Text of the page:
The house on Seymour Avenue where Ariel Castro held 3 women prisoner for 10 years. (Photo: ABC News)

The house on Seymour Avenue where Ariel Castro held 3 women prisoner for 10 years. (Photo: ABC News)

Now that it’s been a week since the young women kidnapped in Cleveland asked the media for a little privacy, the news world has mostly moved on. It’s tempting to grant that privacy  completely. The victims’ admittedly rare case is already becoming a sort of Law & Order: SVU episode, as the police and FBI complete their investigations and prosecution of the alleged abductor, Ariel Castro, begins.  But to move on might make their ordeal seem far too singular, instead of echoing—as it doesthe experience of far too many women.

When Ohio realtor Geri Cahill-Miller heard about the dramatic rescue of Amanda Berry, Michelle Knight, and Regina DeJesus from that Cleveland house where they were held against their will for a decade, she cheered along with everyone else. She also waited for the ball to drop, and it didn’t take long.

As neighbor-rescuer Charles Ramsay, describing his first sight of Amanda Berry, said, “I thought it was a domestic violence situation,” Cahill-Miller nodded involuntarily, while glad (like the rest of us) that Ramsay had used that belief as a reason for action.The founder of Purple Lotus, an Ohio network serving victims of abuse, Cahill-Miller told WVFC that her gut feeling about the abductions was always, “This is all about domestic violence.”

As more evidence emerges about the case, it becomes clearer that Charles Ramsay’s first reaction was spot-on: This is a domestic violence situation.

Start with what happened between Castro and his former common-law wife, Grimilda Figueroa. In 1989, according to police reports cited by USA Today,  Castro “slapped her several times in the face . . . . When Figueroa tried to run, he grabbed her and slammed her several times into a wall and several more times into a washing machine . . . . She was treated for a bruised right shoulder. She told officers that Castro, who had been her common-law husband for nine years at that point in their relationship, assaulted her several times, but she filed no official complaints. No charges were filed in the 1989 attack.” It happened again in 1993:  According to Reuters,  when Figueroa “told police that he had thrown her to the ground, hit her about the face and head and kicked her.” Reuters adds that by the time a grand jury began to consider charges, Figueroa said she could not remember the abuse, and the story quotes former police officer Chris Giannini, who had tried to help protect her, about why: “She was afraid.”

The story above also helps explain how Castro remained the “respectable” neighbor few suspected. “Filing a report with a law enforcement agency requires tremendous courage by victims,” Indiana prosecutor Michael Dvorak writes. “It is incredibly painful for victims to recount the abuse they have suffered at the hands of a loved one. They may also become susceptible to additional pressures when a report results in the filing of criminal charges. Financial dependencies, pressure from the abuser and fear of retribution to themselves or their children are some of the obstacles.”

In 2005, Figueroa had moved away and was living with another man when she told police that Castro had “threatened to beat her ass” in front of their daughter, but she never filed charges, and even the weak protective order she asked for never made it onto his permanent record.By 2005, of course, Castro had also met all three of the young women released this week, and had locked them in his house.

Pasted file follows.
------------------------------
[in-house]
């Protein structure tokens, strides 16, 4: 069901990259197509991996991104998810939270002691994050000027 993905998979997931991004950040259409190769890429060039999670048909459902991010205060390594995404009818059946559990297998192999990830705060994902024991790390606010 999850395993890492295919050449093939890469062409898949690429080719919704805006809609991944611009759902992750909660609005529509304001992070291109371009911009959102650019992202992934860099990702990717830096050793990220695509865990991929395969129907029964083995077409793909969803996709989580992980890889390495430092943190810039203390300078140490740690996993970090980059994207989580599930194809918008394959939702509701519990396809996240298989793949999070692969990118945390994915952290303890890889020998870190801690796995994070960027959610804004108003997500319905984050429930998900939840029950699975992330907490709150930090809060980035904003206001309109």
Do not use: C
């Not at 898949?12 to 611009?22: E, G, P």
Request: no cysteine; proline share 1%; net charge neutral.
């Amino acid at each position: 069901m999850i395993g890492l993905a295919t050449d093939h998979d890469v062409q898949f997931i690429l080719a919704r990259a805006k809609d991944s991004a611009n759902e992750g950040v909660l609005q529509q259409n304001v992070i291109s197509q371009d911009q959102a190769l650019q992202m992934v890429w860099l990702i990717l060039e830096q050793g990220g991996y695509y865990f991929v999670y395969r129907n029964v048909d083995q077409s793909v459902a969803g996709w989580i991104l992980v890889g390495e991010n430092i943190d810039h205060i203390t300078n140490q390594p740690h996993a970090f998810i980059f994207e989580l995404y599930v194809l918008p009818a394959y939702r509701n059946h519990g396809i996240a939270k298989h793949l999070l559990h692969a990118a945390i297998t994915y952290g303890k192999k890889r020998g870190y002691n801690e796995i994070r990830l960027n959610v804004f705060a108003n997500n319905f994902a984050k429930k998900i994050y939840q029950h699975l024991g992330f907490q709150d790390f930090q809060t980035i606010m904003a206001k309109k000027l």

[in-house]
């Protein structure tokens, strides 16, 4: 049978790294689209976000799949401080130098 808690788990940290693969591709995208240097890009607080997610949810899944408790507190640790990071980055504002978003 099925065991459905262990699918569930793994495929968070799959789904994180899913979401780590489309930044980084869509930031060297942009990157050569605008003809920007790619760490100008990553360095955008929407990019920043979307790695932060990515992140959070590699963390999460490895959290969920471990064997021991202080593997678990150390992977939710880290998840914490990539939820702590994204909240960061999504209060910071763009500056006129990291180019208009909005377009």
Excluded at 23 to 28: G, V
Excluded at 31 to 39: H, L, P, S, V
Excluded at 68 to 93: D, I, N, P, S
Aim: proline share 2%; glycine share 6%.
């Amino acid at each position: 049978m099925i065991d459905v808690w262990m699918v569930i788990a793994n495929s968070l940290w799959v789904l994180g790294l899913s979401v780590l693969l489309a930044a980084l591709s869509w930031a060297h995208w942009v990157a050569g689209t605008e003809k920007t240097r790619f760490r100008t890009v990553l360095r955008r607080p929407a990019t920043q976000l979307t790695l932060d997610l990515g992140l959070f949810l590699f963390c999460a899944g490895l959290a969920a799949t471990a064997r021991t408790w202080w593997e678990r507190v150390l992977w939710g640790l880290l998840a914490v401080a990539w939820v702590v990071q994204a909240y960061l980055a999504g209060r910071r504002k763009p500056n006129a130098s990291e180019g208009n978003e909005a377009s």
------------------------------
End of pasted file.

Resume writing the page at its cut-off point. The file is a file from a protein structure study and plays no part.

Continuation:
One of the captives, Michelle Knight, had already been the victim of repeated violence  before her abduction. “As a high school student, Knight had been raped by several classmates, became pregnant and left school,” reports the New York Daily News. Knight was also allegedly raped by her mother’s boyfriend, who was eventually jailed for breaking the arm of Knight’s little son, Joey.  The day Knight was kidnapped, she was due in court to fight for custody of her son: When her parents filed a missing-persons report, the police thought she had simply run away.

It’s dangerous, of course, to associate the Cleveland case too closely with domestic violence. Why? Because people are likely to grow numb from the familiarity of it all. Familiar enough, after all, that there are jokes about domestic abuse, including an “Ex-Girlfriend” human target sold at the NRA convention, notes Katie Baker at Jezebel as she explains why we still need to pay close attention. “You’d be hard-pressed to find a shooting target called ‘kidnapped teenager’ because we care very much about pretty adolescent girls who disappear into thin air. As we should, of course. But we should also care about men who abuse their wives and children before they go out and find replacements to hide in the basement.”

In addition, the Cleveland story is rife with the same isolation, fear, and sense of being trapped reported by so many family-violence survivors. “They share a lot with these girls,” Dr. Cecilia Ford, who explores the road to recovery for the Cleveland victims, told me this week.”Isolation is key to the tormentor’s power.”

Power is also often the tormentor’s chief motive, as illustrated again in the suicide note/confession reportedly written by Ariel Castro himself and found by police at the Seymour Avenue house. TV reporter Scott Taylor tweeted one of the note’s key lines: “I don’t know why I kept looking for another. I already had 2 in my possession”  (emphasis mine). “It’s not just rape, it’s not just harassment, it all flows together,” said Geri Cahill-Miller of Purple Lotus, who gets four to five calls a week from Ohio abuse survivors.  “It’s abuse, no matter how you tag it.”